Next Sunday the Patriots will play in their third Super Bowl in four years and tenth Super Bowl overall. In my lifetime alone, I’ve had the privilege of witnessing ten New England championships in professional sports. In fact, since 2001, I have only had to go through a 2 year championship “drought” once. Moral of the story; Boston is called the City of Champions for a reason. When people ask me where I’m from, I take a great deal of pride in being able to say I’m from Boston. I may have grown up in the suburbs of the south shore, but the city itself is deeply engrained in who I am and my relationship with sports.
When I think back to my earliest sports memories, they all take place in Boston. I remember weeknight drives into Fenway with my family, watching Big Papi hit a home run under the lights. I remember Saturday afternoon tailgates at Gillette Stadium before the Patriots Game. I remember road tripping down from school in Maine to go to the Bruins game, and cheering on the Celtics from the nose bleeds of the TD garden in my Paul Pierce jersey. The truth is (no pun intended), it’s way more than a game in Boston, it’s a way of life. Bostonians are no fair-weather fans; loyalty and pride run deep in our veins. If you don’t believe me just ask my dad, who reluctantly gave up his Patriots season tickets a few years back after twenty years of ownership. When you join a Boston team, you’re joining something bigger than yourself, you’re entering into a legacy of tradition and success that goes back generations. Win or lose, the entire city will have your back. That’s just our way.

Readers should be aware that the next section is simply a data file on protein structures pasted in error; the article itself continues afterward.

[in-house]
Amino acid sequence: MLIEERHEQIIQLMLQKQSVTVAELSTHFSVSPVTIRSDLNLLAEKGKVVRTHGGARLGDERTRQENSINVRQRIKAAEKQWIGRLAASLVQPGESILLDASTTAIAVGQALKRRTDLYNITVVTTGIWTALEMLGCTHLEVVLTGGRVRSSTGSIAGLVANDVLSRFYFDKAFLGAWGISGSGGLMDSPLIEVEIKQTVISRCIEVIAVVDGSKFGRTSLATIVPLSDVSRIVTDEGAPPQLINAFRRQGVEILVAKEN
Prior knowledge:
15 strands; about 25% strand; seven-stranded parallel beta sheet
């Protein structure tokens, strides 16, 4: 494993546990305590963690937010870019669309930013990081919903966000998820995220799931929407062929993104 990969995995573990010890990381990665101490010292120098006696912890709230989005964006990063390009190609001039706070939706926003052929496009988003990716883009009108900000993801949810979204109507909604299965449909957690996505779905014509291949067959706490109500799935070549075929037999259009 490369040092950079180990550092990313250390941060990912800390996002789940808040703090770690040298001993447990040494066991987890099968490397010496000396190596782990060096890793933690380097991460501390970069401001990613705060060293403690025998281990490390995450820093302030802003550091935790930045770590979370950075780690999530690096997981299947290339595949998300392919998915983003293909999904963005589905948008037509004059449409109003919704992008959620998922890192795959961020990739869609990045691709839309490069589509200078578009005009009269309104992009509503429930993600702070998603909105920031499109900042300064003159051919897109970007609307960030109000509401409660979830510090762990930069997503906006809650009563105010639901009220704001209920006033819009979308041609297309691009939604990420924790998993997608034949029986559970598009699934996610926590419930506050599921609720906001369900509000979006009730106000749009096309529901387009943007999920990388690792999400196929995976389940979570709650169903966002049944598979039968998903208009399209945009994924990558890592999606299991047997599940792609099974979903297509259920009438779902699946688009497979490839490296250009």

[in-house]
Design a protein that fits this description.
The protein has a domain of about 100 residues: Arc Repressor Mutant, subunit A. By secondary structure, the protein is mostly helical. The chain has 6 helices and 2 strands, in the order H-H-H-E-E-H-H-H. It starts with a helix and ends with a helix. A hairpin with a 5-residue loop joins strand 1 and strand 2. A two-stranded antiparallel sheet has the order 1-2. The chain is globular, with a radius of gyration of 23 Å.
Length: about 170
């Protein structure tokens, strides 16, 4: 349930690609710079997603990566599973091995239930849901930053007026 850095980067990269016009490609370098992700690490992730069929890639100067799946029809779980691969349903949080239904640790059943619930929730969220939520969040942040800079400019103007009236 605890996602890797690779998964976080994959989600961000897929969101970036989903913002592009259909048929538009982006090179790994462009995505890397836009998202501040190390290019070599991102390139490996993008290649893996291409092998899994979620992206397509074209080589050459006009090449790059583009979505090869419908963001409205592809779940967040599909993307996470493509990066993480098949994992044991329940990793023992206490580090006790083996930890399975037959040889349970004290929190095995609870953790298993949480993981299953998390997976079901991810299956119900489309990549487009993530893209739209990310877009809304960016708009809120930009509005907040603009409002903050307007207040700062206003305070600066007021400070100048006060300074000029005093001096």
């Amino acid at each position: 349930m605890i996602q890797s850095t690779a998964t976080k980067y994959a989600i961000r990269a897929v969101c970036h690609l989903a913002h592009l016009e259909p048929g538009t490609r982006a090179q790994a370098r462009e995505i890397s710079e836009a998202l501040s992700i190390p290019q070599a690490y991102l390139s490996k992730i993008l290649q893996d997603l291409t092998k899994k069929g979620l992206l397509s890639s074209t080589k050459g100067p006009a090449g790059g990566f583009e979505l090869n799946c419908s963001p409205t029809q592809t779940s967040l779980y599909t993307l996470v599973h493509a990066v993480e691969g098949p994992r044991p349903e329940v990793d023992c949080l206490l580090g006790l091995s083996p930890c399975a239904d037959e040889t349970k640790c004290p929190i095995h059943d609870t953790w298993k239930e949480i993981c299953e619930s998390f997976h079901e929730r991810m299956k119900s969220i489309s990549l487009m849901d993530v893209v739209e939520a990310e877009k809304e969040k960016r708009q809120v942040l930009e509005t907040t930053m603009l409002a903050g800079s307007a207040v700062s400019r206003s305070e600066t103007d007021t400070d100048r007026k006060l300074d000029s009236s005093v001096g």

This type of familial culture has had an undeniable influence on my own development as an athlete and as a person. It’s what I searched for when looking for the right college team to join, and what I continuously strive to cultivate and embody as I enter into new programs and organizations. I want people to know that I will give them everything I have, and regardless of the final score I’ll always be in their corner, because that’s just how Boston raised me. What I admire most about Boston teams isn’t just that they win a lot, although that helps, but more than anything it’s the way that they win. Do they have talented players? Sure. But they don’t win on talent alone. They win with grit and hustle and heart. They win after being down three games to none against the New York Yankees. They win after rallying from a 24 point deficit to beat the Lakers in game 4 of the NBA finals. They win in overtime after being down 3-1 in the third period of game 7 of the Stanley Cup. They win when they’re down 21-3 at halftime in the Super Bowl. It doesn’t always come easy, and it isn’t always pretty, but it is always unforgettable and undeniably deserved.
As I reflect on how sports have changed my own life, I can’t help but acknowledge all that Boston has given me. It’s provided me with a genuine appreciation for the power of sports and the life lessons they can teach us. But most importantly, it’s taught me that in the end, people are what truly matter; your relationships, the ones you love, and the lives you touch. After the 2013 Boston Marathon bombings, this became even more apparent. Not only are our sports teams resilient, but our people are too. I’m forever grateful to the city that taught me what it means to put your whole heart into something, and to never give up hope. So when i’m on the verge of a panic attack next Sunday, screaming at the tv screen, just know that it’s deeper than one game. It’s deeper than one season. Outsiders might not understand it, and opponents might hate it, but it’s what it means to be Boston Strong.